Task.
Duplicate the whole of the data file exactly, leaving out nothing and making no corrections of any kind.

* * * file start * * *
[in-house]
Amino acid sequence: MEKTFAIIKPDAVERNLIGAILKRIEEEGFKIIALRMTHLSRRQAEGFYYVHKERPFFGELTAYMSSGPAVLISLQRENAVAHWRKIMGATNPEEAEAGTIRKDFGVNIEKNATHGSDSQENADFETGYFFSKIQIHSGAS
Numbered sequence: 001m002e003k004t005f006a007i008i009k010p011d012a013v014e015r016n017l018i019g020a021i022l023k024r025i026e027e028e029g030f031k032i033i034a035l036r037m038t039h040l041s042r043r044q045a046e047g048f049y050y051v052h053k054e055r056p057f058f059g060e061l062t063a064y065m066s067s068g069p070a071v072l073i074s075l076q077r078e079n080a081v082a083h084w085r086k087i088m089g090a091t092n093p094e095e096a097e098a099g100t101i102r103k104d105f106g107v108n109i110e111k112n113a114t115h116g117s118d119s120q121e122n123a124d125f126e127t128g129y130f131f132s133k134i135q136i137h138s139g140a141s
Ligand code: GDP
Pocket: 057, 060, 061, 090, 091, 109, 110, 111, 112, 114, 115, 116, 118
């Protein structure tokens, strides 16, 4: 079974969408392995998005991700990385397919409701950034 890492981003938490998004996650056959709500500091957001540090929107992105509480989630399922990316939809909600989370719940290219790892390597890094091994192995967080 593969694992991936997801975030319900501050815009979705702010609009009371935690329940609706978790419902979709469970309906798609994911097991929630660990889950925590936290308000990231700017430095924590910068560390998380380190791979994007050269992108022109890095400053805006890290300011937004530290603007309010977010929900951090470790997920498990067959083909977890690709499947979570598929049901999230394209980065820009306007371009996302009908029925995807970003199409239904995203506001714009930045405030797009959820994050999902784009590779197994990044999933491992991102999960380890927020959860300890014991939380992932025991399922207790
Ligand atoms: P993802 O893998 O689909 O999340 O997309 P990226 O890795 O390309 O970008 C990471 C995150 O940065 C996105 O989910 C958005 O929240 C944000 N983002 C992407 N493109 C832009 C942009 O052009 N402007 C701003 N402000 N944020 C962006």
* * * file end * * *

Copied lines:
[in-house]
Amino acid sequence: MEKTFAIIKPDAVERNLIGAILKRIEEEGFKIIALRMTHLSRRQAEGFYYVHKERPFFGELTAYMSSGPAVLISLQRENAVAHWRKIMGATNPEEAEAGTIRKDFGVNIEKNATHGSDSQENADFETGYFFSKIQIHSGAS
Numbered sequence: 001m002e003k004t005f006a007i008i009k010p011d012a013v014e015r016n017l018i019g020a021i022l023k024r025i026e027e028e029g030f031k032i033i034a035l036r037m038t039h040l041s042r043r044q045a046e047g048f049y050y051v052h053k054e055r056p057f058f059g060e061l062t063a064y065m066s067s068g069p070a071v072l073i074s075l076q077r078e079n080a081v082a083h084w085r086k087i088m089g090a091t092n093p094e095e096a097e098a099g100t101i102r103k104d105f106g107v108n109i110e111k112n113a114t115h116g117s118d119s120q121e122n123a124d125f126e127t128g129y130f131f132s133k134i135q136i137h138s139g140a141s
Ligand code: GDP
Pocket: 057, 060, 061, 090, 091, 109, 110, 111, 112, 114, 115, 116, 118
């Protein structure tokens, strides 16, 4: 079974969408392995998005991700990385397919409701950034 890492981003938490998004996650056959709500500091957001540090929107992105509480989630399922990316939809909600989370719940290219790892390597890094091994192995967080 593969694992991936997801975030319900501050815009979705702010609009009371935690329940609706978790419902979709469970309906798609994911097991929630660990889950925590936290308000990231700017430095924590910068560390998380380190791979994007050269992108022109890095400053805006890290300011937004530290603007309010977010929900951090470790997920498990067959083909977890690709499947979570598929049901999230394209980065820009306007371009996302009908029925995807970003199409239904995203506001714009930045405030797009959820994050999902784009590779197994990044999933491992991102999960380890927020959860300890014991939380992932025991399922207790
Ligand atoms: P993802 O893998 O689909 O999340 O997309 P990226 O890795 O390309 O970008 C990471 C995150 O940065 C996105 O989910 C958005 O929240 C944000 N983002 C992407 N493109 C832009 C942009 O052009 N402007 C701003 N402000 N944020 C962006």